“Where is the left? » The indignant voice of the historian and essayist Marc Knobel rises in the Colbert room of the National Assembly. A silence is required. Some eyes focus on the imposing painting representing Jean Jaurès on the podium addressing Clemenceau. Then, under the stern gaze of Jaurès, Marc Knobel continues solemnly: “Any compromise on this subject would be marked with the seal of infamy. » He is generously applauded by the 200 people who came to attend, Monday September 11, this conference on the “new clothes of anti-Semitism” organized by Renaissance deputies Mathieu Lefèvre and Caroline Yadan.
These two hours of discussions, punctuated by three round tables – “conspiracy and hatred of Jews”, “hatred of Israel and hatred of Jews” and “Islamism and hatred of Jews” – offer a fairly complete picture of the progression of anti-Semitism in France. They also serve as a reminder, with precise figures and supporting factual data, that a shift has occurred: the “Corbyn left” seems to have supplanted the “Jaurès left”. As a reminder, English MP Jeremy Corbyn was expelled from the Labor Party, of which he was the leader, due to his complacency regarding anti-Semitic remarks in his own party.
“Anti-Semitism has long no longer been the prerogative of the extreme right,” points out Caroline Yadan, MP for Paris. According to the news, the anti-Semitic clothes of the present are draped in anti-Zionism, Islamism, conspiracy, and are put on by political parties who have decided, now without any restraint, to favor what they think is theirs. electorate rather than what builds their honor. » And to be very firm on Medina, “Islamist and anti-Semitic rapper, fan of quenelle, Muslim Brotherhood and double talk, friend of Tariq Ramadan and Dieudonné, admirer of Alain Soral and author of a pun dehumanizing his Jewish victim.” The invitation of this rapper is symptomatic, according to the elected official, of the “evil rooted in the Corbyn left”. Anti-Semitism, carried by the Maurrasian extreme right at the end of the 19th century, “has become encysted on the extreme left,” she concludes.
Recent studies highlight in any case that far-left voters are more sensitive to anti-Semitic plots than the rest of the population. The latest edition of the x-ray of anti-Semitism in France – produced in 2022 by Fondapol and the American Jewish Committee – is, for example, very enlightening. The statement that “Jews have too much power in the economy and finance” is shared by 33% of Jean-Luc Mélenchon voters, compared to 26% in the general population.
30% of Insoumis voters consider that using old anti-Semitic prejudices to designate Israelis is a legitimate criticism rather than an opinion amounting to anti-Semitism, compared to 16% of French people as a whole. Another poll carried out by Ifop for Marianne in 2019 revealed that 20% of LFI voters agreed with the following statement: “Jews today use in their own interest the status of victims of the Nazi genocide during the Second World War. »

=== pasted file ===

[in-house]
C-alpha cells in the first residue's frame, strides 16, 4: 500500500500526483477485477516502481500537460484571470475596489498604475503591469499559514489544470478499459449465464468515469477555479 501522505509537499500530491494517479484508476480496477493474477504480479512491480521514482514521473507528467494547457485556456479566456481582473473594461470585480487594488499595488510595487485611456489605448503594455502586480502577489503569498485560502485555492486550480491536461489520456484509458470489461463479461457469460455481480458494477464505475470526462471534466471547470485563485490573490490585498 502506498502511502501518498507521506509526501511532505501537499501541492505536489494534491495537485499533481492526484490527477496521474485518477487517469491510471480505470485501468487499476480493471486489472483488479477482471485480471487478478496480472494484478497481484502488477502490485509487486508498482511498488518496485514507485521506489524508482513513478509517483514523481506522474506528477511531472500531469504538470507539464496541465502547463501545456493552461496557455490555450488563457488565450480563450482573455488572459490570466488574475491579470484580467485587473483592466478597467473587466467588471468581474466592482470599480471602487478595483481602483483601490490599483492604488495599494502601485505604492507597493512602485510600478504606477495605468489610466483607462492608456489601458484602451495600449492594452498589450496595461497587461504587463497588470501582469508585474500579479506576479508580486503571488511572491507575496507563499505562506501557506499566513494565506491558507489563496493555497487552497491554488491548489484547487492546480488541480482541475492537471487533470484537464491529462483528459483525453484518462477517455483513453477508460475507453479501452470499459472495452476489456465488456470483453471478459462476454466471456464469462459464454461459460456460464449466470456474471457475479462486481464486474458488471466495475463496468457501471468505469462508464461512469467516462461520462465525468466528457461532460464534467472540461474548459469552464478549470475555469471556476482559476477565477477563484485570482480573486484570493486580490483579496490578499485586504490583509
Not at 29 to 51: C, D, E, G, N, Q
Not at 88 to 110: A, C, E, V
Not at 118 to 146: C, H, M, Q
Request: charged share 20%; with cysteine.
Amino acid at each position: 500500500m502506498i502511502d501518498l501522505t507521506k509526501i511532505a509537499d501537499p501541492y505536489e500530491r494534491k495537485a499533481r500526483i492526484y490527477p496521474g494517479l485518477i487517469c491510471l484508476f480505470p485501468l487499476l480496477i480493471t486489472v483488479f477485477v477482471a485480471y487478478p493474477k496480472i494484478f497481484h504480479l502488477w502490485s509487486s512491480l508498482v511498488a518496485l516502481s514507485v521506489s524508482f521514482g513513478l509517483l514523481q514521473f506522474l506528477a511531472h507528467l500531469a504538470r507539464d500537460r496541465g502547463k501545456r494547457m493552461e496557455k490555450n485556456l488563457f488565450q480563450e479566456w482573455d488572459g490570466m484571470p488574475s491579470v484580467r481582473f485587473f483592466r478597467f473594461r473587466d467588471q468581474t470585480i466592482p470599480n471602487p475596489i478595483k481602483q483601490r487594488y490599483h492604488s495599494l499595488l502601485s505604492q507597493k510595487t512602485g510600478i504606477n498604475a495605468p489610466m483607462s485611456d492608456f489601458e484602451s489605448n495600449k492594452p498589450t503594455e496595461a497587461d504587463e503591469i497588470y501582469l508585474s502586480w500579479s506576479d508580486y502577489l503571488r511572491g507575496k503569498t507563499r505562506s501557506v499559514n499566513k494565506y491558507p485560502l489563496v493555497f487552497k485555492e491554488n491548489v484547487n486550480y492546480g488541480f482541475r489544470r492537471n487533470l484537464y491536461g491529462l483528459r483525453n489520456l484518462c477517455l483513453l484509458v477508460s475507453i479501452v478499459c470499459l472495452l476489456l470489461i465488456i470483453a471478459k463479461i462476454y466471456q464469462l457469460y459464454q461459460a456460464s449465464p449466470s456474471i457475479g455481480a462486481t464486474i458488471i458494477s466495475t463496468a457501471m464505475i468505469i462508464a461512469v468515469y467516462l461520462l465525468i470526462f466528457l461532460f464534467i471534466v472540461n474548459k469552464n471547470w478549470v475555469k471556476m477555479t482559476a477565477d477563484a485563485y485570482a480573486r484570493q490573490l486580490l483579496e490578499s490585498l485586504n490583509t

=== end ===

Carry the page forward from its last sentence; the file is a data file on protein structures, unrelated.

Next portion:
While “the anti-Jewish obsession evolves”, Rudy Reichstadt, director of Conspiracy Watch, believes that the far left bears “a heavy responsibility” by confusing, in the name of the principle of “intersectionality of struggles”, anti-racism and anti-Semitism. “These two notions are fundamentally opposed since anti-Semitism is based on a feeling of inferiority, clearly more dangerous than the feeling of superiority. » Emmanuel Debono, historian invited on the occasion of this conference, went to try to explain it at the summer universities of La France insoumise, near Valence. In vain. “LFI does not understand Muslim anti-Semitism,” he concluded. Or perhaps he understands it perfectly, replied the sociologist Bernard Rougier, author, in particular, of The Conquered Territories of Islamism.
The academic recalled that anti-Semitism had “a strategic function in the suburbs”, where hatred of Israel and Islamism can mix. “It’s coded anti-Semitism, poorly identifiable, but very effective,” he summarized. On the one hand, Houria Bouteldja, co-founder of the Republic Indigenous Party, bluntly asserts that “one cannot be Israeli innocently”; on the other, anti-Semitic prejudices are promoted in Salafist and Brotherhood circles. The two complement each other. To support his point, Bernard Rougier cites a final figure: according to the aforementioned Fondapol survey, 15% of Muslims admit to feeling antipathy for Jews, a proportion 10 points higher than that measured in the the entire French population. At the end of the conference, everyone leaves by looking at Jaurès one last time and thinking of the famous sentence pronounced by the socialist in his “Speech to Youth”: “Courage is seeking the truth and telling it. »